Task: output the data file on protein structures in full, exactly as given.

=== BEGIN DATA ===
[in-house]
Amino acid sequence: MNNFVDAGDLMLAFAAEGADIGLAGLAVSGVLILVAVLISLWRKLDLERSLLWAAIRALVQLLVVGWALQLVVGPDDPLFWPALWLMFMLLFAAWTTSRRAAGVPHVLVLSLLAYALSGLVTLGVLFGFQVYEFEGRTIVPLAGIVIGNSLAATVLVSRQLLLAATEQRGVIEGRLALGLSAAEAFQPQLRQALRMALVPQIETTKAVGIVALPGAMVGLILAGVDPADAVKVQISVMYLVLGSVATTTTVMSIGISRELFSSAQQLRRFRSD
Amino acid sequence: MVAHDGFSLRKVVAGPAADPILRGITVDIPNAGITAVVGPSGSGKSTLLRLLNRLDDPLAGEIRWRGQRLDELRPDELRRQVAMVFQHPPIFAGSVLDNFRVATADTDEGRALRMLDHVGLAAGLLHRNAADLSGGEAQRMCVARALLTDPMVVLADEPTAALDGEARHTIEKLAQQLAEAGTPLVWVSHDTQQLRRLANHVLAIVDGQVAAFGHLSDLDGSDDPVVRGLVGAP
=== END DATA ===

[in-house]
Amino acid sequence: MNNFVDAGDLMLAFAAEGADIGLAGLAVSGVLILVAVLISLWRKLDLERSLLWAAIRALVQLLVVGWALQLVVGPDDPLFWPALWLMFMLLFAAWTTSRRAAGVPHVLVLSLLAYALSGLVTLGVLFGFQVYEFEGRTIVPLAGIVIGNSLAATVLVSRQLLLAATEQRGVIEGRLALGLSAAEAFQPQLRQALRMALVPQIETTKAVGIVALPGAMVGLILAGVDPADAVKVQISVMYLVLGSVATTTTVMSIGISRELFSSAQQLRRFRSD
Amino acid sequence: MVAHDGFSLRKVVAGPAADPILRGITVDIPNAGITAVVGPSGSGKSTLLRLLNRLDDPLAGEIRWRGQRLDELRPDELRRQVAMVFQHPPIFAGSVLDNFRVATADTDEGRALRMLDHVGLAAGLLHRNAADLSGGEAQRMCVARALLTDPMVVLADEPTAALDGEARHTIEKLAQQLAEAGTPLVWVSHDTQQLRRLANHVLAIVDGQVAAFGHLSDLDGSDDPVVRGLVGAP